Black ignores the pawn sacrifice and continues development, but this doesn't promise him an easy life, since 9 Qa4+ immediately sets Black a tricky problem. It turns out that 9...Kd8! is the only move to maintain the balance. If Black isn't prepared for 8 c5, this is a difficult move to both find and make over the board. Instead after 9...Bc6 10 Bb5, due to some tactical nuances, Black was condemned to a passive position. White gradually increased his advantage in a nice technical performance.

King’s English, 2 Nf3 e4 3 Nd4 Nc6 4 e3 [A20]

The line 1 c4 e5 2 Nf3 used to be championed, at the GM level, almost exclusively, by GM Rakhmanov. Several other top players have also been trying it recently, and it featured in the battle Grischuk, A - Caruana, F at the World Rapids. Following 2...e4 3 Nd4 Nc6 4 e3 Nf6 5 Nc3, it appears that Caruana was well prepared for this "surprise" opening choice, since he unleashed the novelty 5...Ne5:

Black eyes the d3-square, and prepares to kick the d4-knight back with tempo. White has a few options here, but chose the committal move 6 f4. Following 6...Nd3+ 7 Bxd3 exd3 8 0-0, the move 8...d5 was a logical way to open the position for Black's bishops. Black got the better of the early middlegame battle, and eventually won after a wild game.

King’s English, Reversed Dragon 7 b3 Be6 [A20]

The game Donchenko, A - Nakamura, H opened with 1 c4 e5 2 g3 Nf6 3 Bg2 d5 4 cxd5 Nxd5 5 Nf3 Nc6 6 0-0 Nb6 7 b3 Be6, which is one of Nakamura's pet lines. Black prepares ...Qd8-d7 with potential long castling in the mix. This is a double-edged idea, since Black is falling behind in development, but it leads to sharper complications than most typical reversed Dragons.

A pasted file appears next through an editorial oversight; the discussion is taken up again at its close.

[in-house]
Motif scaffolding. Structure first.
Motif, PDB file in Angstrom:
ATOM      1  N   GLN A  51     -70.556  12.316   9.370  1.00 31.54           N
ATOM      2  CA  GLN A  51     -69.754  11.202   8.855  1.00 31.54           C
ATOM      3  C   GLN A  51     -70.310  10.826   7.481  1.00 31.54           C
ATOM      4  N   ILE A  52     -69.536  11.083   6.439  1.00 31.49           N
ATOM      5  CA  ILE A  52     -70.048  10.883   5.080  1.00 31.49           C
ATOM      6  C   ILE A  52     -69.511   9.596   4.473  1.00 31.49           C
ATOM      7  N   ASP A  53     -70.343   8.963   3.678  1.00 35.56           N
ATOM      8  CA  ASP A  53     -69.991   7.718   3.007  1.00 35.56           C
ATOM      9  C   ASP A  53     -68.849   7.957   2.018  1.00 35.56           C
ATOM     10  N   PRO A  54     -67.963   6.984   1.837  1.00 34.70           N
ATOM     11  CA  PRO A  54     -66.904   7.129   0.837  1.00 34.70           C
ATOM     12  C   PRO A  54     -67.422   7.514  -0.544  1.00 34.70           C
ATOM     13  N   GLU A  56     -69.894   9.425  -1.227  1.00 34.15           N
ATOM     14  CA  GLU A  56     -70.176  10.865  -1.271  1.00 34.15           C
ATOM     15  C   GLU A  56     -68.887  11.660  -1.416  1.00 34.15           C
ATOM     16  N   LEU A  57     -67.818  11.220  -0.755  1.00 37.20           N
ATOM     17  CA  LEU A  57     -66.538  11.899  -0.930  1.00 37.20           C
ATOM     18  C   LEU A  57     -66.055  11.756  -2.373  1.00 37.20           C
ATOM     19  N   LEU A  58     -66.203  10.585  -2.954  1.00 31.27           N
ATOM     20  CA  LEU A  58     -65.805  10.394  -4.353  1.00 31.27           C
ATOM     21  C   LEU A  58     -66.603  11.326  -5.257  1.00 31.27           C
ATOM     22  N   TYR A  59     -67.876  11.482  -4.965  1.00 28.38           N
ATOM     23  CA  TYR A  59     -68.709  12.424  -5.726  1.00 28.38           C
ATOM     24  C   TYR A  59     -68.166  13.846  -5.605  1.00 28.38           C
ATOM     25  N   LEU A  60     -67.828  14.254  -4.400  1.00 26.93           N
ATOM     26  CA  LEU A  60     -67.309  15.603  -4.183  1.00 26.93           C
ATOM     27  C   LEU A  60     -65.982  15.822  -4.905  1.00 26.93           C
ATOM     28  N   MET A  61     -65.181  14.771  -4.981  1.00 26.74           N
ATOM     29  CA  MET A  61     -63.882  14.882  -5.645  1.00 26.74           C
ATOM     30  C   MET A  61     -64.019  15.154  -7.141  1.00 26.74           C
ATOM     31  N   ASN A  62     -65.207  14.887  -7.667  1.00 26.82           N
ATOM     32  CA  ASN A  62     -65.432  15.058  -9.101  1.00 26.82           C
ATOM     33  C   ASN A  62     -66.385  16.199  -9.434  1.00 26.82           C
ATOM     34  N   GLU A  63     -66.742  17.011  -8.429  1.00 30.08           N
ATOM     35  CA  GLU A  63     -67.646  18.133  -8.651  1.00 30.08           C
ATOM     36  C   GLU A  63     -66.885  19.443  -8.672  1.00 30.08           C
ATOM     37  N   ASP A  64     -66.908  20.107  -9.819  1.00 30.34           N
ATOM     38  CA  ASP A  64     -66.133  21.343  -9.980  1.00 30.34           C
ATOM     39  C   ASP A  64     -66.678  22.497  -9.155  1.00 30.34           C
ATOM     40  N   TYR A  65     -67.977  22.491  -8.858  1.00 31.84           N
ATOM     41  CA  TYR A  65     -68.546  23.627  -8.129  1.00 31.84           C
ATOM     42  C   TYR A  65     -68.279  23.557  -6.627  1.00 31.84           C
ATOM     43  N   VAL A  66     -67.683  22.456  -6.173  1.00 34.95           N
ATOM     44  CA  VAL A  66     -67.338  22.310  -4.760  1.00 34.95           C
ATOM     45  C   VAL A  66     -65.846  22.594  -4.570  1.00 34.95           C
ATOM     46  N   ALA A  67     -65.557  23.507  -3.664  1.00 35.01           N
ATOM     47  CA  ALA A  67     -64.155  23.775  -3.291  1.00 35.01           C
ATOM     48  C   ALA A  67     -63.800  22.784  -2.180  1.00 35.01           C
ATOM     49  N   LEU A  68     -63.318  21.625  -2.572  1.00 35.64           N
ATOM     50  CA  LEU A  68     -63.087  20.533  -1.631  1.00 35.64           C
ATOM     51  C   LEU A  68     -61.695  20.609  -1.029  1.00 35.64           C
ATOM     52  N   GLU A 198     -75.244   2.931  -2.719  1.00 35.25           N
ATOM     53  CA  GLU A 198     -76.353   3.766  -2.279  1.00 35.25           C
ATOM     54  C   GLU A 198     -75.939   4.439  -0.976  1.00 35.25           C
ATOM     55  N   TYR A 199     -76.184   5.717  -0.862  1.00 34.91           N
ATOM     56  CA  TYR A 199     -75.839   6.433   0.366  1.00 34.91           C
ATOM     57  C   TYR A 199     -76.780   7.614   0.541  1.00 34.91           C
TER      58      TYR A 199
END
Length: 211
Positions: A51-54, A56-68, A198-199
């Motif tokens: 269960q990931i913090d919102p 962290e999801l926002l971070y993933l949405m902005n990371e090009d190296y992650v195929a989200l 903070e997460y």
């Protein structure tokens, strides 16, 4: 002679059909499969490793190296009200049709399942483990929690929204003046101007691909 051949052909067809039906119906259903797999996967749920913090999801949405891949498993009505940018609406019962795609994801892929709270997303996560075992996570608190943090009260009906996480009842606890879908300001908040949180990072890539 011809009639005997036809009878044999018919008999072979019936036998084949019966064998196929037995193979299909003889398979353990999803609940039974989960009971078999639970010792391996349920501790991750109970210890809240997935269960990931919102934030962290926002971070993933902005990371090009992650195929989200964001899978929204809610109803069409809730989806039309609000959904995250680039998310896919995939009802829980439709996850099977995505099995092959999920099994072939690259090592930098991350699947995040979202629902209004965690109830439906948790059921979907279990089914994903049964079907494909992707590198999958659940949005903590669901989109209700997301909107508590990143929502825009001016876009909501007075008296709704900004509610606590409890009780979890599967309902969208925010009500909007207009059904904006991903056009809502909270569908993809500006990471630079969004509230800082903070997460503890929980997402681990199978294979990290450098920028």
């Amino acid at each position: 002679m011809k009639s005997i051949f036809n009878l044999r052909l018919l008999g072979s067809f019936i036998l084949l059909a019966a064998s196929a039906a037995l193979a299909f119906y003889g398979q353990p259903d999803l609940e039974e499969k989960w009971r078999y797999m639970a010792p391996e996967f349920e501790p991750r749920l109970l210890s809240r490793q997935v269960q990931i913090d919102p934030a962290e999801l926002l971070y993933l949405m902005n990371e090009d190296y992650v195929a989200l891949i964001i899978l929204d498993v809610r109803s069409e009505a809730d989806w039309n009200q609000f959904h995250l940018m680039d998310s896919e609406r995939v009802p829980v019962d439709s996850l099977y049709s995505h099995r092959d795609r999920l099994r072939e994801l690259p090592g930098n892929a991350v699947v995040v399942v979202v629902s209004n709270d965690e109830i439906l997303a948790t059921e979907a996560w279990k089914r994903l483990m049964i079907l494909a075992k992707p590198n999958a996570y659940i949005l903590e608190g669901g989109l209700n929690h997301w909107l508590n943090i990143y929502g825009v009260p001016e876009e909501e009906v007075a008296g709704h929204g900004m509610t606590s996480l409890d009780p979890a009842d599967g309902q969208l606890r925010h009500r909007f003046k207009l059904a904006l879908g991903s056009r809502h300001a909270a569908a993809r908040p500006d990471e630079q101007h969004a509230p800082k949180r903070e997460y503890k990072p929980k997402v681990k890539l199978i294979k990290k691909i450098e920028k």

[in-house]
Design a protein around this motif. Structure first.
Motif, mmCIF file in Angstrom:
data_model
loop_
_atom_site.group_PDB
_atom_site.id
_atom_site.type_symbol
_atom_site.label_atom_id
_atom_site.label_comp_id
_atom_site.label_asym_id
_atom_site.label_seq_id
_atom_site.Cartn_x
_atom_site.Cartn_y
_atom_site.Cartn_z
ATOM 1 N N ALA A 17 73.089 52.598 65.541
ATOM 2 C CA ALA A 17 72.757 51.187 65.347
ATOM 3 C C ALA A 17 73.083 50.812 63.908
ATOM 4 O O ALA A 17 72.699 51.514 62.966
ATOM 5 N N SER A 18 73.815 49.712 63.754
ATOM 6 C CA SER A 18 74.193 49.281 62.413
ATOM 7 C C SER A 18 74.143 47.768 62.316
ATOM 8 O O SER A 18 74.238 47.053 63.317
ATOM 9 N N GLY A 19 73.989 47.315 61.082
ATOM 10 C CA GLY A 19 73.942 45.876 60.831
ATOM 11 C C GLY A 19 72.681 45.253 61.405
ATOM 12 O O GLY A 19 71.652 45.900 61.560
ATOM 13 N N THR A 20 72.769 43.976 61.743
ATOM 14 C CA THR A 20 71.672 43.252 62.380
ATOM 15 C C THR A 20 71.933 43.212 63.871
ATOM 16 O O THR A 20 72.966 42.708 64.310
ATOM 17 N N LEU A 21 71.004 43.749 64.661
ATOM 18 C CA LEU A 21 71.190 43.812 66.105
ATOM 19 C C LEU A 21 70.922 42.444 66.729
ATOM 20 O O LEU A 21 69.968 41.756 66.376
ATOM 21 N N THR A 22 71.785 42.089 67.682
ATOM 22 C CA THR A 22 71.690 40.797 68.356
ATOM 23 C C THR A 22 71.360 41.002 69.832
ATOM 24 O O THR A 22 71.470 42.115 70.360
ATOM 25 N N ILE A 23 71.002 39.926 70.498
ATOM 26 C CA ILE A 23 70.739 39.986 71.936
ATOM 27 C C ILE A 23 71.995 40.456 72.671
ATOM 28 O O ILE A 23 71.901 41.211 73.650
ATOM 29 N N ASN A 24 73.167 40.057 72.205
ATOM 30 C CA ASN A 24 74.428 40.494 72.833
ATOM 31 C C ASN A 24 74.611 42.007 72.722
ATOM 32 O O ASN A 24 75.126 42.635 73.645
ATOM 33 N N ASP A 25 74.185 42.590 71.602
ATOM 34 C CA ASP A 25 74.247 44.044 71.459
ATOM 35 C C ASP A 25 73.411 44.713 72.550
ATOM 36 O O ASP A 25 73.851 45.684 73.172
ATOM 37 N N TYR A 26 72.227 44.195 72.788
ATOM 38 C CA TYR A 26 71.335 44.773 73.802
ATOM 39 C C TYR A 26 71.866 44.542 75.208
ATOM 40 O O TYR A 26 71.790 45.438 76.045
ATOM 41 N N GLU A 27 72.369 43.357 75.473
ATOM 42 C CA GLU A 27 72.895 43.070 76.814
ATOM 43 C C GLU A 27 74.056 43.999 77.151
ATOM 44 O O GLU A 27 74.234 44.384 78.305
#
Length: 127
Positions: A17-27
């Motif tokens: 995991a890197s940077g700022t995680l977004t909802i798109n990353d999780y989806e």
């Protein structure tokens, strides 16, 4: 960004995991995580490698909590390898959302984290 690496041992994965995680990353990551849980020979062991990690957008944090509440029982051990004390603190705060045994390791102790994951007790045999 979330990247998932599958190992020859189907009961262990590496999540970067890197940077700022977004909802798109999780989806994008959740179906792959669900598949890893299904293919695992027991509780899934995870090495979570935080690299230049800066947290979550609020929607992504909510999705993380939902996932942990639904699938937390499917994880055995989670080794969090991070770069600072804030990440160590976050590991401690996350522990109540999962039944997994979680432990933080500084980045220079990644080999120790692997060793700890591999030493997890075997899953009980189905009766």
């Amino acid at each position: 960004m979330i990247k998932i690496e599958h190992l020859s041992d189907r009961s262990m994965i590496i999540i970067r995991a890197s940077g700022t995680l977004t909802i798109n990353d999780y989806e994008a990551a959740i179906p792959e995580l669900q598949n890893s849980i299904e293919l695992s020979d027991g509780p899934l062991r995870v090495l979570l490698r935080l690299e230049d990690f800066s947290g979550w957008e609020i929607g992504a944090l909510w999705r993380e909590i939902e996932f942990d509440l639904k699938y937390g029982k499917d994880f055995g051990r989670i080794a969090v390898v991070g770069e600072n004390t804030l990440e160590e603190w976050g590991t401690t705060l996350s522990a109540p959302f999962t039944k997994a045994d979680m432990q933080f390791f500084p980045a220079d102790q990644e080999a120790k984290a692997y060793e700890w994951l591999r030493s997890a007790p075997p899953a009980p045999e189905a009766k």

From the diagram, Black chose 10...Nd5, which is an improvement over 10...Nd4 from a 2020 Carlsen-Nakamura encounter. The position has been explored in several correspondence games, but the complexities are difficult to handle over the board, particularly at fast time controls. After 14 Rd1?!, Black got the upper hand, but only won after the advantage changed hands several times.

King’s English, Four Knights 4 e4 Bb4 5 d3 d6 6 a3 Bc5 7 b4 Bb6 8 Na4 Bd4 [A28]

The variation 1 c4 Nf6 2 Nc3 e5 3 Nf3 Nc6 4 e4 was used by Abdusattorov to score some big scalps on his way to winning the World Rapid Championship. One of the key tabiyas arises after the moves 4...Bb4 5 d3 d6 6 a3 Bc5 7 b4 Bb6 8 Na4. White secures the bishop pair, but has to play around the d4-square, which somewhat limits his mobility. The pawn structure also resembles a Ruy Lopez with reversed colours:

From the diagram, Abdusattorov, N - Wojtaszek, R continued with 8...Bd4 9 Rb1 Bg4 10 Be2 Bxf3 11 Bxf3 a6 and now with the creative 12 Qd2, White prepared Bc1-b2 and allows the f3-bishop to be re-routed via the d1-square. Later on, Black’s 15...h6 was a little slow, and enabled White to get in the thematic break 17 f4, after which White was pleasantly better.

King’s English, Four Knights 4 e4 Bb4 5 d3 d6 6 a3 Bc5 7 b4 Bb6 8 Na4 Bg4 [A28]

Abdusattorov, N - Carlsen, M, varied from the previous game with 8...Bg4. Carlsen's choice is a precursor to a strategic battle where Black often has a knight pair fighting White's two bishops.

From the diagram, Black traded immediately with 10...Bxf3 11 Qxf3 and then continued 11...Nd7 12 g3 Qf6. Trading queens here appears to give White a lower risk chance of pressing with the bishop pair. On the other hand, 13 Qd1 gave Black more dynamic chances, and Carlsen outplayed his opponent over the next 10 or so moves. Nevertheless, Nordibek stayed in the game, and eventually turned the tables, winning a dramatic endgame.

A Happy New Year to all subscribers!

Until next month, David.